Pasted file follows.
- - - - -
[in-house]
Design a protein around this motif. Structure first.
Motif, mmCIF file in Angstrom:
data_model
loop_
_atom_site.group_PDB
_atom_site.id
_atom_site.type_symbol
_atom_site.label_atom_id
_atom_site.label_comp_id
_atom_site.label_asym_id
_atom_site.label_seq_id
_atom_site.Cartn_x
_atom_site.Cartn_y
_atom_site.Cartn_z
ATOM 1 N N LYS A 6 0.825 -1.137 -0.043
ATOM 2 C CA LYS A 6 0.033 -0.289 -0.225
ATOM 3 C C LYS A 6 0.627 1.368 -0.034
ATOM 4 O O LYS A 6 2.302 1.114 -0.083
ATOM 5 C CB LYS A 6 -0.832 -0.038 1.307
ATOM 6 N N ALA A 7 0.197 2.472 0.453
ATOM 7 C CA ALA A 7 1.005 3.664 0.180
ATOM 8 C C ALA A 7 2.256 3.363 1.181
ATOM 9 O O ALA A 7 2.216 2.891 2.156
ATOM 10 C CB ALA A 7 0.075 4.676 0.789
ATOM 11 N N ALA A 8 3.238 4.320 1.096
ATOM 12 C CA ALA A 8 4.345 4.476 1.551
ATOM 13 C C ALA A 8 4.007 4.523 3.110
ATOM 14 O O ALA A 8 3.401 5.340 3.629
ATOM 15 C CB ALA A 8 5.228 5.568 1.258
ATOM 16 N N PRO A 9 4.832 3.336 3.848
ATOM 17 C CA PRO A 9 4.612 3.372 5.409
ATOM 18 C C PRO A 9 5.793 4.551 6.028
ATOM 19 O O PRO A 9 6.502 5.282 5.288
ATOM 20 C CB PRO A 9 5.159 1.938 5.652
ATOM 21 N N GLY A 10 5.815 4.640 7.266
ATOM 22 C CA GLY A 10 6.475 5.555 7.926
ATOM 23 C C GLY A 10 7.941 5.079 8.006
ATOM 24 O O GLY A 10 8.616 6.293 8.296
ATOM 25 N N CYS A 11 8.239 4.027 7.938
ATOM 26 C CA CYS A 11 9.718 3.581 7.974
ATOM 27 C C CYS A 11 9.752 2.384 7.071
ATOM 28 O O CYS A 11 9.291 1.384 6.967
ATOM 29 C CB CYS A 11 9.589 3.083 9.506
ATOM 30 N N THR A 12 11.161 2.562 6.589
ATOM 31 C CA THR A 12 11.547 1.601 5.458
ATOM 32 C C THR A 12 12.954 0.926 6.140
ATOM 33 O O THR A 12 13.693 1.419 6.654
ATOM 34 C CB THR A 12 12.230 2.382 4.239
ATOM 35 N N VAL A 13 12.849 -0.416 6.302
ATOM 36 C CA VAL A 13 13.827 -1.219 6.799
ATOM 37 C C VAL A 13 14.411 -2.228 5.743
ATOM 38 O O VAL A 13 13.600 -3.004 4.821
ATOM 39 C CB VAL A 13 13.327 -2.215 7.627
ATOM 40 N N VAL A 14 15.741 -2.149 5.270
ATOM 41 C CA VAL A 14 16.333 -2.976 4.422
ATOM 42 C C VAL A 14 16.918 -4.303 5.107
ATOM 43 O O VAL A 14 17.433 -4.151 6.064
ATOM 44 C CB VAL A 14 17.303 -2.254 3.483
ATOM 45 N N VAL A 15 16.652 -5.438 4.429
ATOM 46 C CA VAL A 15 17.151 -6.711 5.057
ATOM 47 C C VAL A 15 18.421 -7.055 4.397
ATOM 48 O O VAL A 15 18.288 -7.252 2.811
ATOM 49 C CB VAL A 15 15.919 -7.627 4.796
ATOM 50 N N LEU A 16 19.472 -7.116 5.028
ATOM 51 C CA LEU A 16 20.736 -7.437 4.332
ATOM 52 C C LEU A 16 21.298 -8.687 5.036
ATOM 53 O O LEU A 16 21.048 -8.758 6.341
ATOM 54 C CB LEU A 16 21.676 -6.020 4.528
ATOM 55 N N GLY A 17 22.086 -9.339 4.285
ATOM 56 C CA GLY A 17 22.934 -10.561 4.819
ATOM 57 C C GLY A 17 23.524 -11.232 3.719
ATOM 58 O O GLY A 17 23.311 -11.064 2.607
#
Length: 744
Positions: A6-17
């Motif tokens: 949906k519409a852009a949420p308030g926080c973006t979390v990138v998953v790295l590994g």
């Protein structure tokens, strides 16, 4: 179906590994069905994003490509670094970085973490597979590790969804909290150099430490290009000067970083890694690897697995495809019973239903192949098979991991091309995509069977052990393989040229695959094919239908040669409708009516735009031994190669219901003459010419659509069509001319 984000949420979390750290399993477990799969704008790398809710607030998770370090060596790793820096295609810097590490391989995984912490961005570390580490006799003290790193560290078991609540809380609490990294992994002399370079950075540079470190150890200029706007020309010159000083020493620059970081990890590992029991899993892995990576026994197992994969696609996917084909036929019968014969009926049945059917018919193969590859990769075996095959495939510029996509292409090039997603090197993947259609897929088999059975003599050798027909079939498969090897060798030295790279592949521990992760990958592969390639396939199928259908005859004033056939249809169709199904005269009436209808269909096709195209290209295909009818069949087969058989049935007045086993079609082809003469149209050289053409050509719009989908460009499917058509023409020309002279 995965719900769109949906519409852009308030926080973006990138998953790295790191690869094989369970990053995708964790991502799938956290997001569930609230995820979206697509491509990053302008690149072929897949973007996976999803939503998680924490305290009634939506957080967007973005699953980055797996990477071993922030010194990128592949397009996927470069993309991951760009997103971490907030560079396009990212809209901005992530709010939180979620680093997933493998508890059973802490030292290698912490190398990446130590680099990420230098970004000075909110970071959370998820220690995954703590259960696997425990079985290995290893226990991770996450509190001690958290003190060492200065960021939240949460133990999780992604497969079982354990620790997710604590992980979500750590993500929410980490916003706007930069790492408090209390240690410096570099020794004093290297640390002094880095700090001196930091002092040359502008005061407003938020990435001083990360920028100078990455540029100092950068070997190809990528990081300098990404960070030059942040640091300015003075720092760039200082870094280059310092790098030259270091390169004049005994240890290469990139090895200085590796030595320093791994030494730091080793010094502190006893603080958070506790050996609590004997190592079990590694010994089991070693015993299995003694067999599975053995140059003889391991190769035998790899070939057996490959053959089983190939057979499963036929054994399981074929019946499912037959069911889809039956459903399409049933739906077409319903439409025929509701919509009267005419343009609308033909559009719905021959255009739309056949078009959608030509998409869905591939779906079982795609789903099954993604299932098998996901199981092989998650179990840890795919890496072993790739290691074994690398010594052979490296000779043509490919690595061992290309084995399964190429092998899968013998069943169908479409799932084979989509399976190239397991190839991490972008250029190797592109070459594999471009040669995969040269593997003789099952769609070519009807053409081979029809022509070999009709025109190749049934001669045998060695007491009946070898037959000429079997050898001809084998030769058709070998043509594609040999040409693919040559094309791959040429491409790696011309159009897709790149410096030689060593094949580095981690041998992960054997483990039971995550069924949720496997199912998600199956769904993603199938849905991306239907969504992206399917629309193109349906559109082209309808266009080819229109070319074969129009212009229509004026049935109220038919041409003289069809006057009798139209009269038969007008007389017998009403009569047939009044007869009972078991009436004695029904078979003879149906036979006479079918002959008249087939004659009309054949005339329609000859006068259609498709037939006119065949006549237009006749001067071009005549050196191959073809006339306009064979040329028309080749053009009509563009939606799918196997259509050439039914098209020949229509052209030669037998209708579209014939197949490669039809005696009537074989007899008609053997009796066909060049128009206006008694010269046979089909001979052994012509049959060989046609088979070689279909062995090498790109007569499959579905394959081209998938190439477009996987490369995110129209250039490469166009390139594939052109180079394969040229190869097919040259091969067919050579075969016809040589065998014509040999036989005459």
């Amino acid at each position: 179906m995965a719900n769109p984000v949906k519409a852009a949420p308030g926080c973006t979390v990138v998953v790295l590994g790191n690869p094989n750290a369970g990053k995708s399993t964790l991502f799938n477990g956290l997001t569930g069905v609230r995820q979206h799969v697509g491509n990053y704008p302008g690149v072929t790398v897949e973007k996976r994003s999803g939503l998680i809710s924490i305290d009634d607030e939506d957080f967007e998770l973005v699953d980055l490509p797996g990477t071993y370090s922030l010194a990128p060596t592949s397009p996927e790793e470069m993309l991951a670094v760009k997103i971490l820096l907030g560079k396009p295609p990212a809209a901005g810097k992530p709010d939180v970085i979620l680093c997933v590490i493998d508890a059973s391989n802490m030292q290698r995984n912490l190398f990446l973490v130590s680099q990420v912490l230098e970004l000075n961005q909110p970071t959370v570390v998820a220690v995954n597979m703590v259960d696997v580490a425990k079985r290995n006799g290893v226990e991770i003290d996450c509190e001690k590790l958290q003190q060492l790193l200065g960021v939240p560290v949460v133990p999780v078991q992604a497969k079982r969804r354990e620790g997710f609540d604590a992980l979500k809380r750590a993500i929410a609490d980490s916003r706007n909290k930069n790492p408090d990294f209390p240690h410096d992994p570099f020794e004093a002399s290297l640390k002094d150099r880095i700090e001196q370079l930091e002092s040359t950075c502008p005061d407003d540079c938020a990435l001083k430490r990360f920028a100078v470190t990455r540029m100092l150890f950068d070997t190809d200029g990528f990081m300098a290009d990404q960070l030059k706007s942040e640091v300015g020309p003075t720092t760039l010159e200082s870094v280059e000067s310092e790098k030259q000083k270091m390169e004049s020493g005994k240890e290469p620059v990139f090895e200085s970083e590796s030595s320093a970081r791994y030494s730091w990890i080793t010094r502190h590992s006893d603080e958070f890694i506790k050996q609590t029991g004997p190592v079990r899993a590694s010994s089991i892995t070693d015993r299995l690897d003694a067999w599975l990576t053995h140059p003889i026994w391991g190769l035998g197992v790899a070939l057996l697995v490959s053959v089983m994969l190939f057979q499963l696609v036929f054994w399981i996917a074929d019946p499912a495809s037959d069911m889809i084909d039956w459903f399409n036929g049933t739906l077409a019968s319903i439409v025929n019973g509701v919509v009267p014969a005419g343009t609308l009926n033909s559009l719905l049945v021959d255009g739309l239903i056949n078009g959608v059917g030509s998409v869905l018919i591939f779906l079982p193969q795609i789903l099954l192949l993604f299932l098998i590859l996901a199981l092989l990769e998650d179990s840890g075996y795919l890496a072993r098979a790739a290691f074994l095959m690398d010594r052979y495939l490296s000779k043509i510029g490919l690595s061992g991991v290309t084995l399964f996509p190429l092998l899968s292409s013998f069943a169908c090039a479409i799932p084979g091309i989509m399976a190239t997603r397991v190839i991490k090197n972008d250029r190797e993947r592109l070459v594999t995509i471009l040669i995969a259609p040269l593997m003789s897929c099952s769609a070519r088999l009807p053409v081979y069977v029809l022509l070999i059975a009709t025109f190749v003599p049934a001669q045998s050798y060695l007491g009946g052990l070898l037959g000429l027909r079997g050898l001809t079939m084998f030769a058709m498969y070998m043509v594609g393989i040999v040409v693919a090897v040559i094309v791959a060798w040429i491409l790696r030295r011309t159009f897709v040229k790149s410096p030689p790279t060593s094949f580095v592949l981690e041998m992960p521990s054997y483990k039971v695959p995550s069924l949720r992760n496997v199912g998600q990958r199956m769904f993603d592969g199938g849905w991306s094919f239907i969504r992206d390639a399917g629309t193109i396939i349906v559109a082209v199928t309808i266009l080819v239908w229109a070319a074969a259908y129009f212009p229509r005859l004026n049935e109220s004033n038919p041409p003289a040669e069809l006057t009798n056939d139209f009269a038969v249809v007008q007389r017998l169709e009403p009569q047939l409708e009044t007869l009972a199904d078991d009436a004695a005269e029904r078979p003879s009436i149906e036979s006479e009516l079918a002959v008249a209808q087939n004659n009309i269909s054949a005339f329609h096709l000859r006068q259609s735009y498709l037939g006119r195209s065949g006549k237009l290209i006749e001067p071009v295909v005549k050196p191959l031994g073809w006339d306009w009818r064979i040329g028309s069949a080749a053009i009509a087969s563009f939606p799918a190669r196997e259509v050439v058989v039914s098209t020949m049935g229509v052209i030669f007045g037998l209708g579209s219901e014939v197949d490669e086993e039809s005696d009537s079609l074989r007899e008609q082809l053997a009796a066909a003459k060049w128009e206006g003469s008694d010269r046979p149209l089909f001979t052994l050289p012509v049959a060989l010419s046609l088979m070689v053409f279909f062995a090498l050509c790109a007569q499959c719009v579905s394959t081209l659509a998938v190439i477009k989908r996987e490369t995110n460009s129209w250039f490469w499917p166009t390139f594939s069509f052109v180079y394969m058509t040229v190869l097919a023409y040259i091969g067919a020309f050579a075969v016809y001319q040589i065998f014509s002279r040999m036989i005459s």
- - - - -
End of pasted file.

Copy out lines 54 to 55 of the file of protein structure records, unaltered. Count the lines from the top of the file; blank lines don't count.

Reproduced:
ATOM 39 C CB VAL A 13 13.327 -2.215 7.627
ATOM 40 N N VAL A 14 15.741 -2.149 5.270